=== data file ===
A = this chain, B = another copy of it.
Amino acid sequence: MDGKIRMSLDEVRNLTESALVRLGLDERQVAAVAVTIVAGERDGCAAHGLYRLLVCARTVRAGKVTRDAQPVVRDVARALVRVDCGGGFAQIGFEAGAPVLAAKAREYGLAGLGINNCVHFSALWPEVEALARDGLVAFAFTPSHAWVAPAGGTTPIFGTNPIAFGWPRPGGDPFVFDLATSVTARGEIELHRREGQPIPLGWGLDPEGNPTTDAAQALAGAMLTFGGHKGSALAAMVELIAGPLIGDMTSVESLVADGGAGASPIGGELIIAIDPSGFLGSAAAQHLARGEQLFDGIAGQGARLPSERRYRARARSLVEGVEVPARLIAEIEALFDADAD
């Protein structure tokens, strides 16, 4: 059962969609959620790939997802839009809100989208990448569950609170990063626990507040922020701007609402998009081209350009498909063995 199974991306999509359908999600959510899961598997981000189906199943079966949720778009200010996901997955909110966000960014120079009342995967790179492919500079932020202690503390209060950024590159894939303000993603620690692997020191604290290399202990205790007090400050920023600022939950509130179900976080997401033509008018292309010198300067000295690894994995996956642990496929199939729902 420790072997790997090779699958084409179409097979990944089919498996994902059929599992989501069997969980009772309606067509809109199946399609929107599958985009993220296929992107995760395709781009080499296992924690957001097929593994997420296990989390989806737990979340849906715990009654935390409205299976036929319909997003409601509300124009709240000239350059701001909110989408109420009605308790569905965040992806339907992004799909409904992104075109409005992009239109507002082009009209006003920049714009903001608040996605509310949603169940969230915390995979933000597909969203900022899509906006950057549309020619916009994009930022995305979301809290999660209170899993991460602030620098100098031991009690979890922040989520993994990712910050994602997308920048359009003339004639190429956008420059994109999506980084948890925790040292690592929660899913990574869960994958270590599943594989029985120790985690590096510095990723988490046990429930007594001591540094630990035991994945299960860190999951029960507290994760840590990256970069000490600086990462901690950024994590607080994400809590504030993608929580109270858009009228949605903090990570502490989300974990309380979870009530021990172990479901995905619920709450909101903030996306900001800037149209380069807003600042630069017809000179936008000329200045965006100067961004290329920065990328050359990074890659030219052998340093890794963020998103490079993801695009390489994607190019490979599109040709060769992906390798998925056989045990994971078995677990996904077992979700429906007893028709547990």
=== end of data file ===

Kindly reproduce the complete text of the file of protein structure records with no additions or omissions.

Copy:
A = this chain, B = another copy of it.
Amino acid sequence: MDGKIRMSLDEVRNLTESALVRLGLDERQVAAVAVTIVAGERDGCAAHGLYRLLVCARTVRAGKVTRDAQPVVRDVARALVRVDCGGGFAQIGFEAGAPVLAAKAREYGLAGLGINNCVHFSALWPEVEALARDGLVAFAFTPSHAWVAPAGGTTPIFGTNPIAFGWPRPGGDPFVFDLATSVTARGEIELHRREGQPIPLGWGLDPEGNPTTDAAQALAGAMLTFGGHKGSALAAMVELIAGPLIGDMTSVESLVADGGAGASPIGGELIIAIDPSGFLGSAAAQHLARGEQLFDGIAGQGARLPSERRYRARARSLVEGVEVPARLIAEIEALFDADAD
């Protein structure tokens, strides 16, 4: 059962969609959620790939997802839009809100989208990448569950609170990063626990507040922020701007609402998009081209350009498909063995 199974991306999509359908999600959510899961598997981000189906199943079966949720778009200010996901997955909110966000960014120079009342995967790179492919500079932020202690503390209060950024590159894939303000993603620690692997020191604290290399202990205790007090400050920023600022939950509130179900976080997401033509008018292309010198300067000295690894994995996956642990496929199939729902 420790072997790997090779699958084409179409097979990944089919498996994902059929599992989501069997969980009772309606067509809109199946399609929107599958985009993220296929992107995760395709781009080499296992924690957001097929593994997420296990989390989806737990979340849906715990009654935390409205299976036929319909997003409601509300124009709240000239350059701001909110989408109420009605308790569905965040992806339907992004799909409904992104075109409005992009239109507002082009009209006003920049714009903001608040996605509310949603169940969230915390995979933000597909969203900022899509906006950057549309020619916009994009930022995305979301809290999660209170899993991460602030620098100098031991009690979890922040989520993994990712910050994602997308920048359009003339004639190429956008420059994109999506980084948890925790040292690592929660899913990574869960994958270590599943594989029985120790985690590096510095990723988490046990429930007594001591540094630990035991994945299960860190999951029960507290994760840590990256970069000490600086990462901690950024994590607080994400809590504030993608929580109270858009009228949605903090990570502490989300974990309380979870009530021990172990479901995905619920709450909101903030996306900001800037149209380069807003600042630069017809000179936008000329200045965006100067961004290329920065990328050359990074890659030219052998340093890794963020998103490079993801695009390489994607190019490979599109040709060769992906390798998925056989045990994971078995677990996904077992979700429906007893028709547990």